Egyptian-brokered ceasefire holds after Gaza violence

Hamas said on Saturday it had agreed to a ceasefire in Gaza after a day of violence claimed the lives of an Israeli soldier and four Palestinians The late-night ceasefire brokered by Egyptian intelligence was announced by local Gazan media.

Israel launched air strikes on what it said were military targets in response to the soldier’s death. Gaza residents reporting explosions in the south of the blockaded coastal enclave and Hamas said four Palestinians were killed in the attacks. Hamas fired rockets and mortars towards Israel until the ceasefire came into effect. The soldier, who has not been named, was the first Israeli death reported since mass protests began along the border fence at the end of March. Since then Israeli snipers have killed more than 130 Palestinians and shot thousands more.

“What we see is a cumulative effect of violence, led, funded and organised by Hamas which have escalated in the last few weeks,” said Israel Defence Force lieutenant colonel Jonathan Conricus. “With Egyptian and United Nations efforts it has been agreed to return to the era of calm between [Israel] and Palestinian factions,” Fawzi Barhoum, spokesman for the Hamas Islamist group that controls Gaza, told Reuters.

Israel has blockaded the enclave for more than a decade, trapping some 2m Palestinians inside a 23km-long strip of land. Trade with the outside world has largely collapsed since then, forcing many to rely on international food aid. Israel also controls the airspace and limits how far fishing boats can venture into the Mediterranean. Egypt joined the blockade after a coup ousted an Islamist government in Cairo in 2013.

Egypt hopes to dislodge Hamas and replace it with the more secular Fatah movement that controls the West Bank. amas is considered a terrorist group by Israel, the US and the EU. But Israel and Egypt, which serves as an intermediary and has helped broker at least three ceasefires with Hamas this year, have struggled to rein in the mass protests, which started with tens of thousands of mostly peaceful Palestinians gathering near the border fence every Friday.

Israeli officials, worried about attempts to breach the border and enter Israel, positioned nearly a hundred snipers along the fence who open fire regularly on the crowds. Israel said it only targeted those it felt were a threat to the fence or Israeli security, but eyewitnesses, human rights groups and journalists have documented dozens of cases where unarmed people have been shot, including a nurse, several Palestinian reporters and some young men who were shot in the back. Those protests were followed by a ritual of balloons, kites and helium-filled condoms fitted with burning strips of cloth or small Molotov cocktails being set adrift from inside the Gaza Strip and carried into Israel on inland breezes. They started hundreds of fires and destroyed thousands of acres of forest and farmland in Israel. Rockets or mortars fired from inside Gaza hit a synagogue last week, injuring three.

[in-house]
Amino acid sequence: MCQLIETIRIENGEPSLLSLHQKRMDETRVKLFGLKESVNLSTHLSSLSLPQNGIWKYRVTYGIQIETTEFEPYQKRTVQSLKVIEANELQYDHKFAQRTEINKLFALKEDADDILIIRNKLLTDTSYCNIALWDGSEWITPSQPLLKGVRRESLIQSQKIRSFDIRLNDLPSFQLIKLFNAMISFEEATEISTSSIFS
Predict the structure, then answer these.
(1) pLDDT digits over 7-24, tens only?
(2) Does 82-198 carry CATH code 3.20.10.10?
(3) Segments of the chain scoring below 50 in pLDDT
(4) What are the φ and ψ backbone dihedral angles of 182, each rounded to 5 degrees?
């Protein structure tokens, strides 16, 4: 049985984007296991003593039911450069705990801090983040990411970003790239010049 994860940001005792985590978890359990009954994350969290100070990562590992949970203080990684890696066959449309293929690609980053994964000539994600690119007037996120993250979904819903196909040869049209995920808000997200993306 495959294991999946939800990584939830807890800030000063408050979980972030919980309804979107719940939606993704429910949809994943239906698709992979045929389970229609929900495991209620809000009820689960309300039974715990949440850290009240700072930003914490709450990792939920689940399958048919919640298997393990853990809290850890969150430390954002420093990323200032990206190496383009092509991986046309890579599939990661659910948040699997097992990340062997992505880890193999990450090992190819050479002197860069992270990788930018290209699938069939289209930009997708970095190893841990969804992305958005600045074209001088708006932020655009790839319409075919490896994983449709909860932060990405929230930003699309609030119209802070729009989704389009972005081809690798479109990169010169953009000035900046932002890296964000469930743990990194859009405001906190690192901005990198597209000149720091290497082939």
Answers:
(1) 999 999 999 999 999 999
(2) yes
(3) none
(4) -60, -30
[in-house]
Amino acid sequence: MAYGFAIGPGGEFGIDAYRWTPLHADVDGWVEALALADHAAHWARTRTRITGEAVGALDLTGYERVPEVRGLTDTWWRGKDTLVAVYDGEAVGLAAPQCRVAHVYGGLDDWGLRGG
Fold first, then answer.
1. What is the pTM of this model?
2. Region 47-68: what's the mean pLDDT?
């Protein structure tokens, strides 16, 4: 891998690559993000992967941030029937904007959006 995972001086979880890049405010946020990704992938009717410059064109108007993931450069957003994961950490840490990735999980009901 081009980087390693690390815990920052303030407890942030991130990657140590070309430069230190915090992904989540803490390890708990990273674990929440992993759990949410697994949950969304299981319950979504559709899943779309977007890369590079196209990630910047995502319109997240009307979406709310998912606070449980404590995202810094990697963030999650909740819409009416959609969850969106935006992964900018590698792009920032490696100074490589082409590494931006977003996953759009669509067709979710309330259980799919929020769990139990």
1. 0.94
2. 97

Hardline Israeli cabinet ministers have demanded that the children and teenagers launching balloons be killed. Instead, the IDF has built pressure on Hamas throughout the last fortnight, striking military targets every time a balloon causes a fire on the Israeli side. Last Saturday, the IDF carried out the widest range of air strikes since the 2014 war. That appeared to have worked until the killing of the soldier last evening, with fewer balloons or fires reported Friday.

“Everyone in Gaza needs to step back from the brink,” tweeted UN Middle East envoy Nickolay Mladenov, who is among those attempting to broker a ceasefire. “Not next week. Not tomorrow. Right NOW! Those who want to provoke Palestinians and Israelis into another war must not succeed.”

The Financial Times

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